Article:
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(Bloomberg) -- Hong Kong’s government unveiled a budget packed with giveaways including a one-time cash handout that economists said isn’t likely to spur growth, as the city struggles to stabilize an economy battered by political unrest and the coronavirus.The main feature of the annual budget announced Wednesday is a payment of HK$10,000 ($1,284) to each permanent resident of the city 18 or older, aiding a population “overwhelmed by a heavy atmosphere,” Financial Secretary Paul Chan said. Chan estimated the deficit will reach a record HK$139.1 billion in the coming fiscal year.The administration of Chief Executive Carrie Lam is seeking to stop the slide of the collapsing economy, rolling out the boldest budget in recent years amid blame for government inertia. Months of political unrest over China’s role in the city pushed Hong Kong last year into its first annual recession in a decade, with economists forecasting a second annual contraction in 2020 as disruptions from the coronavirus outbreak further depress output.“In these unprecedented times, I am confident that the 2020-21 budget proposals will provide effective and targeted support to help the Hong Kong community withstand the current difficulties and gear up for a brighter tomorrow,” Lam said in a statement welcoming the spending plans.However, the handout immediately came in for criticism from economists.“This is obviously untargeted and regressive and will not solve the problem of those most severely hit,” said Alicia Garcia Herrero, chief Asia Pacific economist at Natixis SA. “It is like throwing a drop in the ocean for many while you could have used that amount to cure the injuries of only a few.”Ahead of the budget, accounting firm KPMG LLP pushed for handouts yet in the form of electronic vouchers to encourage direct spending, rather than saving or moving the cash abroad.Kevin Lai, chief economist for Asia excluding Japan at Daiwa Capital Markets, is skeptical as to whether Hong Kong residents will rush to spend a cash windfall.“That sounds like a lot, but would you go out and spend it? The answer is no,” he said. “The economic benefits will only be marginal. Shops and restaurants are screaming for business. It’s not going to help.”The handout is not the first in Hong Kong. The government distributed HK$6,000 to all permanent residents in 2011. In 2018 the government introduced a “Caring and Sharing” program to hand out as much as HK$4,000 to certain low-income residents.Singapore also announced cash handouts in its budget last week, pledging a one-time payout of between S$100 ($71.52) and S$300 for Singaporeans age 21 and older, as part of a S$1.6 billion support package to help households cope with expenses. The city state is forecasting its biggest budget deficit in more than two decades in the coming fiscal year, with S$6.4 billion in support for an economy slammed by the coronavirus outbreak.Other MeasuresThe budget contained a range of measures aimed at lessening the pain of the recent downturn. Homebuyers, students, investors and small businesses all were targeted for support in the budget. In all, the package is worth 4.2% of 2018’s gross domestic product, according to Bloomberg Economics.“In view of the tough economic environment, we will adopt an expansionary fiscal stance and make optimal use of our fiscal reserves to implement counter-cyclical measures,” Chan said. The objective is “supporting enterprises, safeguarding jobs, stimulating the economy and relieving people’s burden, so as to help Hong Kong tide over the difficulties,” he said.The Hong Kong Police Force, widely criticized by residents for using excessive violence during the protests, is getting a big boost from the government that will push its spending to HK$25.8 billion in the coming fiscal year, according to a budget document. That’s a 9.3% increase on revised spending projections of HK$23.6 billion for the 2019-2020 fiscal year. The police force plans to increase its staff by more than 2,500 by March 2021, the document shows.Chan unveiled an official forecast for economic growth this year of between -1.5% and 0.5%, and confirmed a contraction of 1.2% in 2019. The 2019-2020 fiscal deficit came in at HK$37.8 billion, the first shortfall since 2004.The economy in the first quarter is expected to be “rather bad,” Chan said at a briefing after the budget speech.What Bloomberg’s Economists Say...“It will go some way to offsetting the extra downward pressure from the coronavirus, which has slammed China’s economy -- with major spillover to business in the city. On balance, our forecast for GDP to contract 0.4% this year still looks reasonable.”\-- Qian Wan, EconomistFor the full note click hereHere are further details of the budget:Relief measures for businesses including a low-interest loan with 100% guarantee provided by the government, to a ceiling of HK$2 million, and a profits tax reduction of 100% on the first HK$20,000.Waiving business registration fees, extending subsidies on electricity and water and sewage bills.HK$700 million to promote tourism in the city once the coronavirus epidemic abates.For citizens, measures including salaries tax reduction of 100% on the first HK$20,000, waiving rates on residential properties to a ceiling of HK$1,500 per quarter, one month’s rent for lower-income tenants.Total recurrent funding of HK$75 billion provided to the Hospital Authority in 2020-2021.Hong Kong Mortgage Corp. to launch pilot program offering fixed-rate mortgage loans through the banks to provide homebuyers with more options and reduce risk of interest rate volatility.On the innovation front: HK$3 billion earmarked for a possible Phase 2 of the Science Park expansion program, as well as a possible third InnoHK research cluster at the park, HK$2 billion for a re-industrialization plan to support manufacturers setting up new smart production lines.The Department of Justice will receive about HK$450 million to enhance the community’s “understanding of the concept of the rule of law and its implementation.”“If the benefits from the cash handouts and tax cuts are distributed this year and everyone spends them this year, the economic boost could be 0.5% to 1% of GDP,” said Tommy Wu from Oxford Economics in Hong Kong.(Updates with information on past handout in 10th paragraph)\--With assistance from Matt Turner, Michelle Jamrisko and Natalie Lung.To contact the reporters on this story: Eric Lam in Hong Kong at email@example.com;Enda Curran in hong kong at firstname.lastname@example.orgTo contact the editors responsible for this story: Jeffrey Black at email@example.com, Karen Leigh, Jodi SchneiderFor more articles like this, please visit us at bloomberg.comSubscribe now to stay ahead with the most trusted business news source.©2020 Bloomberg L.P.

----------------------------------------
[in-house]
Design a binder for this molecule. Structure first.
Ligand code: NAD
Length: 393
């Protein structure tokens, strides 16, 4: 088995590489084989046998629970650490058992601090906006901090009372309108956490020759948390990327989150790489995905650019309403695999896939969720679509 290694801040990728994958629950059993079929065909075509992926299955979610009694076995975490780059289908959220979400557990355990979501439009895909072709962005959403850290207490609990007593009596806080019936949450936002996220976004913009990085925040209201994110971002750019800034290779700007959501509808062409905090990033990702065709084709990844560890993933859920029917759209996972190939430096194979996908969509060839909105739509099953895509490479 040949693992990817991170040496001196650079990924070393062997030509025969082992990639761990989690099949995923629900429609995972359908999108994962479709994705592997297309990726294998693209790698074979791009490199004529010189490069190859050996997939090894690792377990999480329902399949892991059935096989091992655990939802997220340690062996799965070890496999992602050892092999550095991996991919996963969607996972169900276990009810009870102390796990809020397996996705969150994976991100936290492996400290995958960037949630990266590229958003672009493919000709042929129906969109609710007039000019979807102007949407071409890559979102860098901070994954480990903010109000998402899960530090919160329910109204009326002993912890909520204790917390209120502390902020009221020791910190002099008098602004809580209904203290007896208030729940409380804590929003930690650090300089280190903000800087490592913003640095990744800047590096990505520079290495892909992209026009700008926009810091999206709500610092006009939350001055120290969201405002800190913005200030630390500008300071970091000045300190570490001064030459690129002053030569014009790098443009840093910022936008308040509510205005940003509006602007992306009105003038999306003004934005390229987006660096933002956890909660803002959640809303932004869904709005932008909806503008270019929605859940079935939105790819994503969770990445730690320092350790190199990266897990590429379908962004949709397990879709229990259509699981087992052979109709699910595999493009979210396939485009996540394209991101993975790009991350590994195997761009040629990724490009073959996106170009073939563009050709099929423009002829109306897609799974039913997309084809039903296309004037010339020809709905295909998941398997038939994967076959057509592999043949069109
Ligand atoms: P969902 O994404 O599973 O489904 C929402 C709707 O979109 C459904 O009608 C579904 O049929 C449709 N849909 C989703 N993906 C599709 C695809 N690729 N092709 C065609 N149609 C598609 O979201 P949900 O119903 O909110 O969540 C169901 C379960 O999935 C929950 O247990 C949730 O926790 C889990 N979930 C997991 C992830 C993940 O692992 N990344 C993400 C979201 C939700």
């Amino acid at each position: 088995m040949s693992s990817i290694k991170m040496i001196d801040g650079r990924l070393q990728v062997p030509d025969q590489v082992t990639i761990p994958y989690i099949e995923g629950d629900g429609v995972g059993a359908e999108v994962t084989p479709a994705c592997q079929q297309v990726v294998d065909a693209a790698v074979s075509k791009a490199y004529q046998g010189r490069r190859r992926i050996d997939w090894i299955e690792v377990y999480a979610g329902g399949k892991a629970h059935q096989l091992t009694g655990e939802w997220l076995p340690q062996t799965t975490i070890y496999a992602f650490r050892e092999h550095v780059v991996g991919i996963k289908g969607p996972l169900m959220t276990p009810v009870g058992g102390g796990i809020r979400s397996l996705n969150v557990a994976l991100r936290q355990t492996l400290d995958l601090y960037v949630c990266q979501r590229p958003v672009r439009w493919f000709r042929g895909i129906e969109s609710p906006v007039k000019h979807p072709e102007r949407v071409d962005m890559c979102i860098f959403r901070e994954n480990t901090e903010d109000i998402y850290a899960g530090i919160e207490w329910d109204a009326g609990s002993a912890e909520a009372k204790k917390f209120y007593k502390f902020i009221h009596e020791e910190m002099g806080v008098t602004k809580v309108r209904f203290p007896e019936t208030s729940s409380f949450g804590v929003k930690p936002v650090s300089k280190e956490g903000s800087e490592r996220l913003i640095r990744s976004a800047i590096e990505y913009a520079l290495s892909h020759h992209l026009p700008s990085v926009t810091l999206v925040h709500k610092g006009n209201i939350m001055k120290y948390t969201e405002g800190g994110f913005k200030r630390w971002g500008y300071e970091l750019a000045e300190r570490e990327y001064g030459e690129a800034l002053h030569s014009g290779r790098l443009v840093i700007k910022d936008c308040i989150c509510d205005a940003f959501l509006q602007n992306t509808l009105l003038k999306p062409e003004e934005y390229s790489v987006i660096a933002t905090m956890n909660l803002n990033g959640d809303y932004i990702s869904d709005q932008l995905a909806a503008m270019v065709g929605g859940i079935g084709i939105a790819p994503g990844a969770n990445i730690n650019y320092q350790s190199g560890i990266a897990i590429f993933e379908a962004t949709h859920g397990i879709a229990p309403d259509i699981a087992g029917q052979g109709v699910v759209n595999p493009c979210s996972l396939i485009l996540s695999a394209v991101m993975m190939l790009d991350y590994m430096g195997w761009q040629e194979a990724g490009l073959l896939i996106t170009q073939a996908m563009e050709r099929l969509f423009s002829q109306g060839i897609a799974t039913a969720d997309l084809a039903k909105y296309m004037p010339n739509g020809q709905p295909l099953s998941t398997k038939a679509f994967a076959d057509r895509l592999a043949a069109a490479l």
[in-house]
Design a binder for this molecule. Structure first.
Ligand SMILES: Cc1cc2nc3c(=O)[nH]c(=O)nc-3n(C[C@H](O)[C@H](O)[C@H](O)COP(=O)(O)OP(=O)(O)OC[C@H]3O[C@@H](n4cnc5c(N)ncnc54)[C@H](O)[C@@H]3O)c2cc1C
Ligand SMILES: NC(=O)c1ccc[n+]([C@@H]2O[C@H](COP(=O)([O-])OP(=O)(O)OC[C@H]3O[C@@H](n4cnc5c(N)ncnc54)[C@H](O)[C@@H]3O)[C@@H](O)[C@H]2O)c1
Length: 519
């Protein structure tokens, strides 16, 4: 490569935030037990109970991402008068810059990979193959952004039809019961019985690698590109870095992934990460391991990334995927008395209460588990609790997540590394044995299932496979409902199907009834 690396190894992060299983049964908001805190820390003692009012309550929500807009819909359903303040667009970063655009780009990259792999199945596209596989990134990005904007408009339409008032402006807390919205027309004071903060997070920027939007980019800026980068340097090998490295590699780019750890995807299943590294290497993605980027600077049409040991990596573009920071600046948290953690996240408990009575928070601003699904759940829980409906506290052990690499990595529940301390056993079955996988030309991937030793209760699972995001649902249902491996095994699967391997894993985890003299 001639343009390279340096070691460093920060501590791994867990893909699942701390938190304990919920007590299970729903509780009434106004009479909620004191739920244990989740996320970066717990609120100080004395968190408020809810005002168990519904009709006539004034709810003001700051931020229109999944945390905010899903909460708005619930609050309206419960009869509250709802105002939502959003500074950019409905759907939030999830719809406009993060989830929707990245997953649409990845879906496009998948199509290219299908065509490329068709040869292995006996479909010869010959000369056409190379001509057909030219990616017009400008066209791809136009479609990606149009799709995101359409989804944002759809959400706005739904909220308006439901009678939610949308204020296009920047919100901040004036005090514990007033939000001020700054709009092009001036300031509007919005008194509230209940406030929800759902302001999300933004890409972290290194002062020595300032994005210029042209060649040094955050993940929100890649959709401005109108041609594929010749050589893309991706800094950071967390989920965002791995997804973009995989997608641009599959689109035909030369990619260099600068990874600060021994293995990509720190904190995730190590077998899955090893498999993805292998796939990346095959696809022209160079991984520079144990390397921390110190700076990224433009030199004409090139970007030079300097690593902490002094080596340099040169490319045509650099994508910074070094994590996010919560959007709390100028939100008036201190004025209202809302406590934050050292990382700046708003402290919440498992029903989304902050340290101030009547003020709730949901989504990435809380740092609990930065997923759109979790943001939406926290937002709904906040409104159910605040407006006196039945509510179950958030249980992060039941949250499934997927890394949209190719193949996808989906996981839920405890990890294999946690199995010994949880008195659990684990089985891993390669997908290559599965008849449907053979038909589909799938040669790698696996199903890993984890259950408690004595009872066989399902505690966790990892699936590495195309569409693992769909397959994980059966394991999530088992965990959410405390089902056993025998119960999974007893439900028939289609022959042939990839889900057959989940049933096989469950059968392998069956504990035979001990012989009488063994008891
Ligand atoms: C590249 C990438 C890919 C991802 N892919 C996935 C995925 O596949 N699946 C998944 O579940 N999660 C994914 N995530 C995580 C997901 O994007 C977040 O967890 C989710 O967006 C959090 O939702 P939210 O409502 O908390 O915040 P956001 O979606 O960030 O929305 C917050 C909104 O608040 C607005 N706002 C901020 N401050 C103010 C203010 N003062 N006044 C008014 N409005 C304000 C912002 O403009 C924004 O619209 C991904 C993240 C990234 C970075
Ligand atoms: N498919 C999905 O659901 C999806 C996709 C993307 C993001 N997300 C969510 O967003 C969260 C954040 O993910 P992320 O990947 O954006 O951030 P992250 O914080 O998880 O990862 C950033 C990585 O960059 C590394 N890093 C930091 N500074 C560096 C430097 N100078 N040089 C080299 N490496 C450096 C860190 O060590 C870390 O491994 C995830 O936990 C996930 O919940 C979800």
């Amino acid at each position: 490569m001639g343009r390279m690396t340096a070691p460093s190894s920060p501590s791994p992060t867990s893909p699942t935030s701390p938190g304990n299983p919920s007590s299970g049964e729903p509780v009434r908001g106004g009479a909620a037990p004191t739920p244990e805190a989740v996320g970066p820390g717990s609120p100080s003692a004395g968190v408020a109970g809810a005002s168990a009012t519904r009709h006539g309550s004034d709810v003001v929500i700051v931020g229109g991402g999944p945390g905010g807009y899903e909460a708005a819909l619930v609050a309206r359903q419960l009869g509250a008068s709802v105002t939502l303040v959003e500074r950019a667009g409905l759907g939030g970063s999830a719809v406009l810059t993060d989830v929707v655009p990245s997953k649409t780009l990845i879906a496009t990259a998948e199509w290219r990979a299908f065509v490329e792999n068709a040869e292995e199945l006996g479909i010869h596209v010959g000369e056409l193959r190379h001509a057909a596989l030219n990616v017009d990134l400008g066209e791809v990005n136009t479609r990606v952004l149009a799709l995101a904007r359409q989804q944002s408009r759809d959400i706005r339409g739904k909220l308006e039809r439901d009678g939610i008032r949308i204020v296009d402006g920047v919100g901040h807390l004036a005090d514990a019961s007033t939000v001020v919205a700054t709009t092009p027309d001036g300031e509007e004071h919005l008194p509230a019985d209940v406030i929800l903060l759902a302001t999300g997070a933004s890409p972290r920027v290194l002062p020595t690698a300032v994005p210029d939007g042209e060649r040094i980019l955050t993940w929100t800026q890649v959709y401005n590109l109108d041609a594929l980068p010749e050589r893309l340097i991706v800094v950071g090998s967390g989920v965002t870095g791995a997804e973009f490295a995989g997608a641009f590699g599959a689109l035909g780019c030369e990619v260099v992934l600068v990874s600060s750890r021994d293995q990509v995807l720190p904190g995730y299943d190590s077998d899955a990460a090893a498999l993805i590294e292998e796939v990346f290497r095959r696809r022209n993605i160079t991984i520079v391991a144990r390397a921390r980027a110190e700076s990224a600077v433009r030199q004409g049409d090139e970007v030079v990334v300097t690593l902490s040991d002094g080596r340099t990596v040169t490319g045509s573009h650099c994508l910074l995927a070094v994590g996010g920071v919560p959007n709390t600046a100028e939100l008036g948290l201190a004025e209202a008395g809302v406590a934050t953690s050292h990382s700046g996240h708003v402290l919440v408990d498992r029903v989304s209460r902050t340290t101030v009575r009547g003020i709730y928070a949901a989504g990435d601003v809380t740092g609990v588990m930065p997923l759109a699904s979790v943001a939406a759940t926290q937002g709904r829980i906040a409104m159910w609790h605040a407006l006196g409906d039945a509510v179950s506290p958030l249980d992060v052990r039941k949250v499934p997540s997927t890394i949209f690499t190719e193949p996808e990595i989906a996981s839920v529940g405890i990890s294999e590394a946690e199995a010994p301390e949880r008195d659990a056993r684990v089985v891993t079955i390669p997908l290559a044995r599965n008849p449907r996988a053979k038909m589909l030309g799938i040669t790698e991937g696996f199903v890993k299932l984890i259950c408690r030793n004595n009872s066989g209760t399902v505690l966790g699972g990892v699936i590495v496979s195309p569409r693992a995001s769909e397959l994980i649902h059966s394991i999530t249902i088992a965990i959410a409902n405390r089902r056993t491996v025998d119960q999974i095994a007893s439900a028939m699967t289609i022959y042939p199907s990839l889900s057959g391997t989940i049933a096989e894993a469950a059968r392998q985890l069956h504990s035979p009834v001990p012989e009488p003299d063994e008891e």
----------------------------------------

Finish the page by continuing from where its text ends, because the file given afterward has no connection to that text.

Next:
(Bloomberg Opinion) -- Consolidation in the digital payments industry has traditionally meant bold deals to buy fast-growing assets at sky-high valuations — with the acquirers often cheered on blindly by investors. Worldline SA has chosen a different path: A modestly expensive deal to buy struggling French peer Ingenico Group SA. Shareholders have frowned. Worldline Chief Executive Officer Gilles Grapinet must be wishing he’d stuck with convention.Ingenico has been a bid target for some time. It is weighed down by a handheld terminals business and has been playing catch-up in online payments. Late 2018 brought a management and strategy reset with the appointment of former Visa executive Nicolas Huss as CEO. Natixis SA, a French bank, dropped plans for a possible takeover not long afterwards, sending Ingenico shares to just 45 euros apiece. Just over a year later, Worldline is offering a combination of cash and its own stock that’s worth 123.10 euros a share based on its last closing price. That values Ingenico’s equity at 7.8 billion euros ($8.6 billion).Maybe Worldline should have moved sooner, but it would have struggled to coax its target to the table before now. An attempt at a deal last year would have been blatantly opportunistic, with Ingenico’s shares on the floor, and Huss’s elevation has bolstered the company’s bid defenses. Grapinet would have needed to offer a much bigger premium than the 17% that has secured this deal. What’s more, the transaction value of 15 times expected 2020 Ebitda is relatively sober in this part of the fintech sector. Fidelity National Information Services Inc. paid 29 times trailing Ebitda for Worldpay Inc. in July. Denmark’s Nets A/S succumbed to a leveraged buyout at 18 times Ebitda in 2018.The lower valuation reflects the fact that Worldline is not acquiring a business firing on all cylinders. The deal starts to look more pricey when you consider what the buyer is getting. Based on Ingenico’s expected financial performance for 2020, the starting return on the total 9.5 billion euros all-in cost (including assumed net debt) would be just 4%. Worldline reckons it can extract 250 million euros of financial benefits come 2024, when analysts forecast Ingenico could generate about 720 million euros in operating profit. Adjusting for tax, the returns might then get to a more reasonable 8%. Still, investors have to wait for it.What's more, Worldline’s board would expand to an unwieldy 17 members, including a director from the French state investment bank.Might things turn out better than Worldline’s shareholders believe? Grapinet has some options to do more than simply finish the recovery that Huss has started. One possibility would be carving out Ingenico’s terminals business and auctioning it to private equity firms. That would leave him with faster growing operations and help bring down net debt, which is likely to touch 2.5 times Ebitda after paying 2 billion euros for the cash part of the deal.It’s a reasonable piece of M&A, but no more. Investor caution is understandable. There may be higher quality targets out there. The snag is that Grapinet would have to overpay even more to get them.To contact the author of this story: Chris Hughes at firstname.lastname@example.orgTo contact the editor responsible for this story: James Boxell at email@example.comThis column does not necessarily reflect the opinion of Bloomberg LP and its owners.Chris Hughes is a Bloomberg Opinion columnist covering deals. He previously worked for Reuters Breakingviews, as well as the Financial Times and the Independent newspaper.For more articles like this, please visit us at bloomberg.com/opinionSubscribe now to stay ahead with the most trusted business news source.©2020 Bloomberg L.P.